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Arab states do not want to board USA’s ‘sinking Titanic’


Political scientist Yevgeny Satanovsky believes that the Arab world, “being unable to count on the sinking Titanic of the West,” is revising its relations with the United States.

The West is a sinking Titanic

According to the political scientist, Russia’s relations with Arab countries and Turkey do not intersect with relations between the Russian Federation and Israel. Intrigue is not characteristic of the Russian leadership in general, Yevgeny Satanovsky believes.

“The last thing you can expect from Putin, Lavrov, Shoygu, or anyone from those in our top establishment, is to carry out cunning Byzantine schemes of intrigue in a hope that someone will like them. Rather, on the contrary, Putin writes across all hopes that he will do this or that,” the political scientist believes.

In his opinion, the actions of the Arab states in relation to Western countries are not connected with any statements that Russian officials have recently made.

In particular, they did not support the exclusion of Russia from the UN Human Rights Council because they see global changes taking place and do not consider the United States the clear winner of the emerging confrontation. The Arabs believe that the Americans want to save their supremacy, their “sinking Titanic.”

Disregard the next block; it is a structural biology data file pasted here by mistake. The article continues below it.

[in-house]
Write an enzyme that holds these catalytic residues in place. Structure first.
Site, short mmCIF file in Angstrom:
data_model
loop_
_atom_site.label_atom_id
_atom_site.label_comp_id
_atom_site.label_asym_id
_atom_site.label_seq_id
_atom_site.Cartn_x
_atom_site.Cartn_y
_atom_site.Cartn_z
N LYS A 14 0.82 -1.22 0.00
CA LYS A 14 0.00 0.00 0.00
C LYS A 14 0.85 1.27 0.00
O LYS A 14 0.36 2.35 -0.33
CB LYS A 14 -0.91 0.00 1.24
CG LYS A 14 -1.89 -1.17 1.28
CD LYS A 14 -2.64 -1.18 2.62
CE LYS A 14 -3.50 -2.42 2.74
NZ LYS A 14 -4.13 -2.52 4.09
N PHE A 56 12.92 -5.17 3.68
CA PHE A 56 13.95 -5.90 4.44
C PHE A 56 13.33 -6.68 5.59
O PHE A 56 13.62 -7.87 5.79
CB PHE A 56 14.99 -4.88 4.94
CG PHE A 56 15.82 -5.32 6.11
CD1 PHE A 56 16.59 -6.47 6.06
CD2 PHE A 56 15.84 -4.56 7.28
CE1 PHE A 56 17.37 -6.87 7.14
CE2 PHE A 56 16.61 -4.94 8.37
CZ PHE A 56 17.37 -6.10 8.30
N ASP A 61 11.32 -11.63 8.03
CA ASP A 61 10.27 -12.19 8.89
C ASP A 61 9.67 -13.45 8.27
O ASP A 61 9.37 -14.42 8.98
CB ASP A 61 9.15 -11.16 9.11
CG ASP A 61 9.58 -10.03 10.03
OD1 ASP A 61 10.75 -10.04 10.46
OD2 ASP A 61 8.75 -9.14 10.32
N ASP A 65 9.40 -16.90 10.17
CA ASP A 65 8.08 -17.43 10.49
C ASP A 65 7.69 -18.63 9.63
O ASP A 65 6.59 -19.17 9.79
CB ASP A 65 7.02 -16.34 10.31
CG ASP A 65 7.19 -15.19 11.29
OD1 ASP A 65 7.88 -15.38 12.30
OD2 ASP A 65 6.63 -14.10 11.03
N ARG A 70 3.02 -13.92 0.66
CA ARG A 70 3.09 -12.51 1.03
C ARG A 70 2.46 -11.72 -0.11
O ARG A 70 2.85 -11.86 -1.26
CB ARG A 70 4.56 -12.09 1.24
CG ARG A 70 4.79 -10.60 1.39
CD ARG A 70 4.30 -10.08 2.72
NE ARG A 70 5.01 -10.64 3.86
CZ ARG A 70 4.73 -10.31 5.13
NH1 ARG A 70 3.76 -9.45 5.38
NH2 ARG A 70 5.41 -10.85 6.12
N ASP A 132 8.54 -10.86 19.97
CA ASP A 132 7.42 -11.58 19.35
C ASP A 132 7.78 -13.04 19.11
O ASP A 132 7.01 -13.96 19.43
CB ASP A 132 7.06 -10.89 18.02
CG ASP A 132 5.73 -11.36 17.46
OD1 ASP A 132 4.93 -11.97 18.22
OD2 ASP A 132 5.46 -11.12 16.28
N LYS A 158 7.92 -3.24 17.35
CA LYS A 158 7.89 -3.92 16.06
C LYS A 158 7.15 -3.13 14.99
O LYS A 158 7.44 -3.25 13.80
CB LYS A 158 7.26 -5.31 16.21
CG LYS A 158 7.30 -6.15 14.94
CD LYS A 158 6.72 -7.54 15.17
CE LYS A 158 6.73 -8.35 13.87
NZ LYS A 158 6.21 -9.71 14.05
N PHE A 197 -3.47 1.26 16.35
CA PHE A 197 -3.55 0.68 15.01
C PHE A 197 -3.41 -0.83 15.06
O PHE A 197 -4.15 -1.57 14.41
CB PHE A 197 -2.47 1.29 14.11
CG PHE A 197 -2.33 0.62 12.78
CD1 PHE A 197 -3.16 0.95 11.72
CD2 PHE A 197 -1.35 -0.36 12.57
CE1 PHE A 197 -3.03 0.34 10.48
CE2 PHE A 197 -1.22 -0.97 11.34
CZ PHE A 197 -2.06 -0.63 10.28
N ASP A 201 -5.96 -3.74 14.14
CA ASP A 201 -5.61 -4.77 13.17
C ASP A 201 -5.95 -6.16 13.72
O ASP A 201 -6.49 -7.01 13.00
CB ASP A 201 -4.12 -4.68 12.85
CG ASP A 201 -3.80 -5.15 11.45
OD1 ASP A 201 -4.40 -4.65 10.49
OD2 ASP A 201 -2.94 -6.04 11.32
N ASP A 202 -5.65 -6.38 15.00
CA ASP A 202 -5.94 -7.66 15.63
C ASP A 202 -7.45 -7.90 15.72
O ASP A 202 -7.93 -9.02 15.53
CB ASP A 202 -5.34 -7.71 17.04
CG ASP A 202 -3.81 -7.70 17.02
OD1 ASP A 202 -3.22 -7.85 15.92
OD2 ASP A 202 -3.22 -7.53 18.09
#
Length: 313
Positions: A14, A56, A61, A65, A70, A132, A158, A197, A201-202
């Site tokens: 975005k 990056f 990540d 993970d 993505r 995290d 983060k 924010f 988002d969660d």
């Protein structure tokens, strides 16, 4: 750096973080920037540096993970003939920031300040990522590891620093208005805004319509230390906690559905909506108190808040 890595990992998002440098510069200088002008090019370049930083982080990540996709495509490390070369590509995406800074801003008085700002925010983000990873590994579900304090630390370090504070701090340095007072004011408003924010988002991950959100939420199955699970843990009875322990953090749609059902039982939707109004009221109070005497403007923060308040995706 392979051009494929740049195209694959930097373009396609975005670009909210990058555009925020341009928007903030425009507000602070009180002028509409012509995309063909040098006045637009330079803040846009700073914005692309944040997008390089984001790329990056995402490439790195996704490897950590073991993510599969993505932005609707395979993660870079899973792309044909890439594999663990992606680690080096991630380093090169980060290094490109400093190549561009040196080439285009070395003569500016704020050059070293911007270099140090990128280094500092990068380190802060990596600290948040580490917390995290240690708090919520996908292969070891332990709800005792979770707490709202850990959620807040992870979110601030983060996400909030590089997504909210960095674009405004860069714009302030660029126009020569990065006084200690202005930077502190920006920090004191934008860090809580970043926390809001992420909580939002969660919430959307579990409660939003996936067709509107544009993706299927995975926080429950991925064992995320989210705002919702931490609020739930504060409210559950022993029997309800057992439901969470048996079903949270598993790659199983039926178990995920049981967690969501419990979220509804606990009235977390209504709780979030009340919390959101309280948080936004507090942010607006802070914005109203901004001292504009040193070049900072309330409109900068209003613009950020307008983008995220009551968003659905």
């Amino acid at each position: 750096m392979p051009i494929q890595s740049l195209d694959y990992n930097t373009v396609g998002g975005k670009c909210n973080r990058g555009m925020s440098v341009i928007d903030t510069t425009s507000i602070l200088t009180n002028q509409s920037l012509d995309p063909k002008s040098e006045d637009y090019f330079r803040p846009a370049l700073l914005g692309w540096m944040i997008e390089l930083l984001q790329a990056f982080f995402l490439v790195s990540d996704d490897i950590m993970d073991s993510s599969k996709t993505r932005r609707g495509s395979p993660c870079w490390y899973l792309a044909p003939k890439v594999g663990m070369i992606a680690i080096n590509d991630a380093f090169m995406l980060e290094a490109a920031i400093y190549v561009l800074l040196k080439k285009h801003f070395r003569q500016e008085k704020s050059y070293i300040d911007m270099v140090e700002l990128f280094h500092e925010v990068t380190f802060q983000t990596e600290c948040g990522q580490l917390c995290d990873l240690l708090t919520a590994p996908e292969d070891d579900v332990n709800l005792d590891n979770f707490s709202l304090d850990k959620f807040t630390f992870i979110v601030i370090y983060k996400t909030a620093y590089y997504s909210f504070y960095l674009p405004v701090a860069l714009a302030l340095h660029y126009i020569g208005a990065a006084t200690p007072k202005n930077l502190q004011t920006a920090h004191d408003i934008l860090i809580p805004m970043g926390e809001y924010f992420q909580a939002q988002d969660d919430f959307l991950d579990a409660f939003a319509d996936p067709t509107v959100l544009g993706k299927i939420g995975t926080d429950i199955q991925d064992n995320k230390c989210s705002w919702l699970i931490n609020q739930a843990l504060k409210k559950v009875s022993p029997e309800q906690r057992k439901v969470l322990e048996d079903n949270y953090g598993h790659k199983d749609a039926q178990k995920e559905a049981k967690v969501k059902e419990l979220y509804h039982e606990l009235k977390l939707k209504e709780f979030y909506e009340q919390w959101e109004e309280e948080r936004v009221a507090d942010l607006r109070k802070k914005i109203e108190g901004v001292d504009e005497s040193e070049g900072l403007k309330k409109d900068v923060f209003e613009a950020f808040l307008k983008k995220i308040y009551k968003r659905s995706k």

“The Arabs did not support this whole thing for one simple reason. They are revising their relations with the United States. They see how the world is changing, and they are totally not ready to count on the obviously losing side. They are ancient wise people, they have seen a lot. Why should they board the sinking Titanic?” Satanovsky said during a speech at the press center of Patriot media group.

Many analysts in the West share a similar opinion. For example, Anna Gadel, a political scientist at Institut Montaigne think tank in France, noted that the current state of affairs has become a catalyst in relations between the United States and the countries of the Persian Gulf. They feel that the balance of power has changed, and one should get ready for the countries of the Middle East to take on a new role in world affairs, she believes.

“The fact that we have excellent relations with the United States does not mean that we are their puppets that obediently carry out all their orders. That time has passed. We have our own strategies and priorities,” Abdulkhaleq Abdulla, a political scientist from the United Arab Emirates noted in turn.

Earlier, Saudi Arabia and the UAE refused to increase oil production at the request of the United States. Washington hoped that in this way it would be possible to compensate for the losses due to the embargo on Russian oil.

Meanwhile, Mohammad Barkindo, Secretary General of the Organization of the Petroleum Exporting Countries, said on Wednesday that Russia exports 7 million barrels of oil and petroleum products per day, and there was no free capacity in the world to replace such amounts.



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